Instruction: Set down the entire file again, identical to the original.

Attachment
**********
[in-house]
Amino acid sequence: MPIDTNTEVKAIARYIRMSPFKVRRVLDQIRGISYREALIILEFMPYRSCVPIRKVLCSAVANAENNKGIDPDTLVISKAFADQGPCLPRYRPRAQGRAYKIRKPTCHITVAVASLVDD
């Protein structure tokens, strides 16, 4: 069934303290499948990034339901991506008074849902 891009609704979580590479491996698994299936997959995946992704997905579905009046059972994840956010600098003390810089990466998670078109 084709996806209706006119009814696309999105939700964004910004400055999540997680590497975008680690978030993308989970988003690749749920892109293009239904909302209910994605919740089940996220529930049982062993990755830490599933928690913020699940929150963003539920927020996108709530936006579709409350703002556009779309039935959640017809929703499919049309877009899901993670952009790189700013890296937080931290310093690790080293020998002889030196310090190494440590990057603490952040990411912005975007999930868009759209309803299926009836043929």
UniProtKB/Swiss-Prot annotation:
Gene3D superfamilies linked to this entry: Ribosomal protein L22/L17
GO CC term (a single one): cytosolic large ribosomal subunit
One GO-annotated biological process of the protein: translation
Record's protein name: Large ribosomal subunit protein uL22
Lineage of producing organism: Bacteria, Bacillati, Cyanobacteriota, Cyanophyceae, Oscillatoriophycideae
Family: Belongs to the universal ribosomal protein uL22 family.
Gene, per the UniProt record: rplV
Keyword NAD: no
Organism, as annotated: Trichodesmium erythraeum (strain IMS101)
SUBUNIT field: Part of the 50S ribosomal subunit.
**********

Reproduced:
[in-house]
Amino acid sequence: MPIDTNTEVKAIARYIRMSPFKVRRVLDQIRGISYREALIILEFMPYRSCVPIRKVLCSAVANAENNKGIDPDTLVISKAFADQGPCLPRYRPRAQGRAYKIRKPTCHITVAVASLVDD
């Protein structure tokens, strides 16, 4: 069934303290499948990034339901991506008074849902 891009609704979580590479491996698994299936997959995946992704997905579905009046059972994840956010600098003390810089990466998670078109 084709996806209706006119009814696309999105939700964004910004400055999540997680590497975008680690978030993308989970988003690749749920892109293009239904909302209910994605919740089940996220529930049982062993990755830490599933928690913020699940929150963003539920927020996108709530936006579709409350703002556009779309039935959640017809929703499919049309877009899901993670952009790189700013890296937080931290310093690790080293020998002889030196310090190494440590990057603490952040990411912005975007999930868009759209309803299926009836043929």
UniProtKB/Swiss-Prot annotation:
Gene3D superfamilies linked to this entry: Ribosomal protein L22/L17
GO CC term (a single one): cytosolic large ribosomal subunit
One GO-annotated biological process of the protein: translation
Record's protein name: Large ribosomal subunit protein uL22
Lineage of producing organism: Bacteria, Bacillati, Cyanobacteriota, Cyanophyceae, Oscillatoriophycideae
Family: Belongs to the universal ribosomal protein uL22 family.
Gene, per the UniProt record: rplV
Keyword NAD: no
Organism, as annotated: Trichodesmium erythraeum (strain IMS101)
SUBUNIT field: Part of the 50S ribosomal subunit.